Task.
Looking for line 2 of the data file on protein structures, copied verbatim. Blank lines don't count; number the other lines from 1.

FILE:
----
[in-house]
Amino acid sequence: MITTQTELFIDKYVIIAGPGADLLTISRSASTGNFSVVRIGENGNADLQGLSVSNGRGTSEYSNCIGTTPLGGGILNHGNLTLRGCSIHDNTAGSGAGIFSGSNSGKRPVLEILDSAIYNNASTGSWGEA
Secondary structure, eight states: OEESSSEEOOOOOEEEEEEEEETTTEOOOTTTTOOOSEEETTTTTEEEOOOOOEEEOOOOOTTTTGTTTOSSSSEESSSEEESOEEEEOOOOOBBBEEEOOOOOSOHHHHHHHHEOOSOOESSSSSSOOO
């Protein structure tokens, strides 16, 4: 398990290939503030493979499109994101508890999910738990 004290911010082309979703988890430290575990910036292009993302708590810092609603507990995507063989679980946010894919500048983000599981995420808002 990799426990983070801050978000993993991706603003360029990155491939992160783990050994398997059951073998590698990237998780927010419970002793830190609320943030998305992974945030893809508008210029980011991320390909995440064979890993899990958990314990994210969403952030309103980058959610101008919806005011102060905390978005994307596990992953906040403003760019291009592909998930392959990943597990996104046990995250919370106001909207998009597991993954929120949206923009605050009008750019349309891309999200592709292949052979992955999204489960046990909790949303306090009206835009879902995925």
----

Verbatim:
Amino acid sequence: MITTQTELFIDKYVIIAGPGADLLTISRSASTGNFSVVRIGENGNADLQGLSVSNGRGTSEYSNCIGTTPLGGGILNHGNLTLRGCSIHDNTAGSGAGIFSGSNSGKRPVLEILDSAIYNNASTGSWGEA